“60% of all beef exported out of Ireland goes to the UK as well as significant quantities of cheese and butter and other produce such as mushrooms, etc. Brexit is not just a concern for people living close to the border – it will affect the entire Irish economy and the uncertainty is what’s concerning us. Because of the ongoing uncertainty, we are not in a position to take adequate measures to safeguard against it
“The new CAP proposals 2020-27 represent another major issue. There are changes being proposed which include a reduction in the amount of aid coming through and there will be an eco measure in the programme going forward. There’ll be more emphasis on the environment and additional benefits for farmers participating in the current GLAS and future similar programmes.
“Obviously, for all of this, there will be additional work that needs to be done and appropriate representation will be made to bring about changes that will be suitable to the Irish situation specifically. Other farming representative bodies will be playing a part in that as well, especially with all this uncertainty surrounding Brexit.
“The whole area of climate change is another pressing issue. This has thrown up a lot of significant challenges for the agri industry but we will play our part in doing whatever we can to address this very serious issue. We have to be guided by the science that is there, with the assistance of Teagasc, and we pay a lot of attention to the great work they are doing at their Research Centres in Moorepark in Fermoy, Johnstown Castle in Wexford and elsewhere.”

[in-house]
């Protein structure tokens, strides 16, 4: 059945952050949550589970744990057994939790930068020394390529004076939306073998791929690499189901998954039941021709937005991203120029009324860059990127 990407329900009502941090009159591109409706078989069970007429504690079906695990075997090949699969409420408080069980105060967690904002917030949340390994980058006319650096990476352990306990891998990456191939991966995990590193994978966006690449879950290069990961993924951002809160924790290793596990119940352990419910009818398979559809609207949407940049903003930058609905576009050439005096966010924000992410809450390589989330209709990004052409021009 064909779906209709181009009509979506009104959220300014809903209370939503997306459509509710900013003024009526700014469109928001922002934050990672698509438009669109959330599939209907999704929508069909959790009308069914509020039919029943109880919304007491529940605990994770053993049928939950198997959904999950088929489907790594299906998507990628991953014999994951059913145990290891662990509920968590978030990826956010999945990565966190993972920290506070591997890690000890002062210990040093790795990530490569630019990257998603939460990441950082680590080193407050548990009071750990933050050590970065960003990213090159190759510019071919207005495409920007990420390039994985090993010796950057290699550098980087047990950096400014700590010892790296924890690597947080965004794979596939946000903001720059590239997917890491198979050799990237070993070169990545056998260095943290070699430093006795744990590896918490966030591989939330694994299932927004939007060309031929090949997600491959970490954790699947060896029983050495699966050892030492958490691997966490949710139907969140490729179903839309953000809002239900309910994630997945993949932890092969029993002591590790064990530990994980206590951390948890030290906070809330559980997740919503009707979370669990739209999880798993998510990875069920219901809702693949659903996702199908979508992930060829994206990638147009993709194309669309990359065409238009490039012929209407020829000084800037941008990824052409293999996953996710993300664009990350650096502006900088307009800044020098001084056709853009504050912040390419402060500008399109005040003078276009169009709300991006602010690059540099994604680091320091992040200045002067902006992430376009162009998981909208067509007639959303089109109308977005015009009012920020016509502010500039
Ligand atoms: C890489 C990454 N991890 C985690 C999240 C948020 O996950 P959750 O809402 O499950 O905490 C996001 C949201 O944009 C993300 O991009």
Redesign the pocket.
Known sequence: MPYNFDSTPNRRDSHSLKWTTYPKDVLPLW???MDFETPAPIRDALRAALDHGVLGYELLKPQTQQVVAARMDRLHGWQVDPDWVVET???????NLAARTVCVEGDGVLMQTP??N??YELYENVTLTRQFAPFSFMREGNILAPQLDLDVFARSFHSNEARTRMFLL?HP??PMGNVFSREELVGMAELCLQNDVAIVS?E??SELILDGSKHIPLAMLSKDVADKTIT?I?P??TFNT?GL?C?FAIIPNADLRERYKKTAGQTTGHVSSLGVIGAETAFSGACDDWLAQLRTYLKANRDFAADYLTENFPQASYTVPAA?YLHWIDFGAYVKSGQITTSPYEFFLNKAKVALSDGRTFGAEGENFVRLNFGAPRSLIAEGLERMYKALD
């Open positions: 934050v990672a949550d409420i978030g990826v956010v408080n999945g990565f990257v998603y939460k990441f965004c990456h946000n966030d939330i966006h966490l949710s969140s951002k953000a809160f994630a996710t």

From a dry stock farming background, Michael still farms part-time in Kilteevan, three miles from Roscommon town. He has been active in farming politics for 30 years. It was while he was Chairman of the National Marts Committee of ICOS that he served a two-year term as President of the European Association of Livestock Markets, which has members in eight European countries dealing with a wide spectrum of livestock issues including animal welfare and marketing.
Why give up so much of his time to advance the needs of others? “When you get involved in the politics of chairing committees, etc., it’s an undertaking you have to give both time and commitment to. Everything we do in ICOS is geared towards the interests and betterment of our members, who are the farmers on the ground. The people who milk the cows and produce the beef are the owners and shareholders of the co-operatives.
“Somebody has to step out to the front and be prepared to give leadership. It’s unfair to be critical of any aspect of what life throws at you if you aren’t prepared to get involved and try to effect change to make things better for yourself and for others in your industry. You can’t be always thinking about yourself.”
Certainly something Michael Spellman could never stand accused of! “Rural Ireland depends solely on the agri industry, which props up the whole economy,” he concludes. “When the farmer is going well, everybody else goes well. But, if the farmer is in the doldrums, it has far-reaching repercussions for the rest of the rural economy.”
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Taken from Irish Tractor & Agri magazine Vol 7 No 1, February/March 2019